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Original Research

Insomnia as a Risk for Depression: A Longitudinal Epidemiologic Study on a Japanese Rural Cohort

Isa Okajima, PhD; Yoko Komada, PhD; Takashi Nomura, MD, PhD; Kenji Nakashima, MD, PhD; and Yuichi Inoue, MD, PhD

Published: October 4, 2011

Article Abstract

Objectives: To determine (1) whether insomnia is a factor related to the presence or persistence of depression for 2 years in the Japanese population and (2) which component of insomnia is associated with the presence of depression for 2 years in a rural cohort.

Method: This is a community-based longitudinal study. Two thousand eight hundred twenty-five people aged 20 years or older were evaluated at baseline, and of those participants, 1,577 (56%) were reevaluated after 2 years. During both surveys, the participants were asked to describe demographic variables and to fill out self-rating scales of insomnia (Pittsburgh Sleep Quality Index [PSQI]) and depressive symptoms (Center for Epidemiologic Studies Depression Scale).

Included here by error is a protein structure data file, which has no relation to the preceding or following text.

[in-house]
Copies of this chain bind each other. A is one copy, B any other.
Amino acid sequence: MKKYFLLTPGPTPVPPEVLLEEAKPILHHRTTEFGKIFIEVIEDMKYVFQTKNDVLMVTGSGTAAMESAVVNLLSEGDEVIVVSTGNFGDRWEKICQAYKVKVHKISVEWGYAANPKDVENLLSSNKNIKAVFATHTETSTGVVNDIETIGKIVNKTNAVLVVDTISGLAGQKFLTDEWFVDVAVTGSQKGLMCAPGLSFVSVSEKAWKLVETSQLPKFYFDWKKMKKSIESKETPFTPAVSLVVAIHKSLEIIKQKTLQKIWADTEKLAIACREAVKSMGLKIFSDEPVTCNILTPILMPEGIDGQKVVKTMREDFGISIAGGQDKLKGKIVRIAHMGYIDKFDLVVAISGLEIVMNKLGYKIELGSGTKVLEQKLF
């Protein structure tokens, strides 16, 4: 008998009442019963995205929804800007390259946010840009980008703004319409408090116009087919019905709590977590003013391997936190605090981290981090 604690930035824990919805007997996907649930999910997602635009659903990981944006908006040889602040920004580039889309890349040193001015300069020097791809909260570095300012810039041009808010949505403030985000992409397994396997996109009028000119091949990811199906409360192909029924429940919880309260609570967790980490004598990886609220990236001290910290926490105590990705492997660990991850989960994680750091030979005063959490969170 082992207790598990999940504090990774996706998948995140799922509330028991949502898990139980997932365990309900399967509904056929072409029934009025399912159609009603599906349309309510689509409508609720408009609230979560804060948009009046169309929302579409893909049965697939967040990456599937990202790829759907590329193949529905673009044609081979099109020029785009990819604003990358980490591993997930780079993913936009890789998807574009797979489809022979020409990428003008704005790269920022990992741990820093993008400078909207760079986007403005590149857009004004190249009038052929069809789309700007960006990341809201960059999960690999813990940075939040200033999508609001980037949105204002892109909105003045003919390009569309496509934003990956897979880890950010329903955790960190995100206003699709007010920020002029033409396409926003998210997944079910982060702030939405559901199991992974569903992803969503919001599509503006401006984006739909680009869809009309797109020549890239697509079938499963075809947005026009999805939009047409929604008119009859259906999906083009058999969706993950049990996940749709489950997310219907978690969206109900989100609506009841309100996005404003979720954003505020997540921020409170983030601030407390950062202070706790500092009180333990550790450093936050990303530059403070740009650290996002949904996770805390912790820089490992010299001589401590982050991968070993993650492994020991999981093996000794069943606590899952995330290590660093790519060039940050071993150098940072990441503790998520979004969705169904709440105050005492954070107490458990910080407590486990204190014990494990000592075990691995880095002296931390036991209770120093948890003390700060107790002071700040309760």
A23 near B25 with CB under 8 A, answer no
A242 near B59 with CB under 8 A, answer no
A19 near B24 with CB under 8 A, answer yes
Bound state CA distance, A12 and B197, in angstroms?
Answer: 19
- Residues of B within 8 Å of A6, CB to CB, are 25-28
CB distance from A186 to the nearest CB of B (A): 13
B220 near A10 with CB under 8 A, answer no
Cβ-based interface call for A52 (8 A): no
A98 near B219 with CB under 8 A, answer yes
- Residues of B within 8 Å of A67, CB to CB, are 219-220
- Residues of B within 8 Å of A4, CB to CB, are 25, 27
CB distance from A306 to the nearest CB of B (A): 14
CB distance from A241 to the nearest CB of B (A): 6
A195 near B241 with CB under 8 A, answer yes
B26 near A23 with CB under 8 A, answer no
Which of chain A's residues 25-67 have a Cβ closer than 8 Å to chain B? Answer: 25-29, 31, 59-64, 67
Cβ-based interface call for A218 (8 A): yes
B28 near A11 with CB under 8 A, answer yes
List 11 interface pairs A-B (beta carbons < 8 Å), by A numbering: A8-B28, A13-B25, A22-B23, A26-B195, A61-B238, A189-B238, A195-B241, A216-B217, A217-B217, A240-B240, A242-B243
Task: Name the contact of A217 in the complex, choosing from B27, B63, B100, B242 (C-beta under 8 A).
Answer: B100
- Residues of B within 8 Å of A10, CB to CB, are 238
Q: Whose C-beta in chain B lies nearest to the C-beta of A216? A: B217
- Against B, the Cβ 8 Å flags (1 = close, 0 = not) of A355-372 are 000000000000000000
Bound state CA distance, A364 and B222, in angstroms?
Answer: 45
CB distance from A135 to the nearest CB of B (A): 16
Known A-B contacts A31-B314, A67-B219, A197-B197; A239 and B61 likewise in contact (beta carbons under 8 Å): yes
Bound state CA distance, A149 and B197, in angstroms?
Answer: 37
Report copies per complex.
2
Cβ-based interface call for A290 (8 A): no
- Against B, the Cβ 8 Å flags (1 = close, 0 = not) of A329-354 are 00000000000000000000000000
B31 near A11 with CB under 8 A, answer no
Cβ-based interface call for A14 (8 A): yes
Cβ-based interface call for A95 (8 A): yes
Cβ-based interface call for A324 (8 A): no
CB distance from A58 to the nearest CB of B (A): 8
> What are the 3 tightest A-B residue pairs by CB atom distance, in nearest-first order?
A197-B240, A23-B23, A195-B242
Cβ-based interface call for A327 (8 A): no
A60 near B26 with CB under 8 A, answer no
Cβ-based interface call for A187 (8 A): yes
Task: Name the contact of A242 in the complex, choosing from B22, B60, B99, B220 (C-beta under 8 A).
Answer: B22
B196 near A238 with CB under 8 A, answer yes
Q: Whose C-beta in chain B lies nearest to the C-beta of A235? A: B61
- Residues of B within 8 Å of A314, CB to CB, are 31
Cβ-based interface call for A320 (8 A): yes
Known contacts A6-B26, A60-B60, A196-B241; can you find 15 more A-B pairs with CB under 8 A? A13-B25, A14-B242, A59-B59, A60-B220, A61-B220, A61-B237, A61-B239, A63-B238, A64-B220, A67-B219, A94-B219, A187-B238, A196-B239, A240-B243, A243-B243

Results: The results of a multiple logistic regression analysis showed that depression (OR = 6.0; 95% CI, 4.4-8.0) and insomnia (OR = 2.1; 95% CI, 1.5-2.8) at baseline were significantly associated with the presence of depression at the follow-up. Most of the PSQI subscales, except for sleep duration and habitual sleep efficiency, were significantly associated (P < .01) with the presence of depression at the follow-up. In addition, the new appearance and repeated existence of depression at the follow-up were related to persistent insomnia (adjusted ORs = 7.0 and 3.3 [P < .001], respectively). A result of the receiver operating characteristic curve showed that persons with insomnia whose PSQI scores exceeded 8 points at the baseline were most likely to still have insomnia at the follow-up (cutoff point = 7.5).

Conclusions: On the basis of our results in a Japanese population, insomnia with high severity level could be a risk factor for the presence/persistence of depression in the long-term prognosis.

J Clin Psychiatry 2012; 73(3):377-383

Volume: 72

Quick Links: Neurologic and Neurocognitive , Neurology

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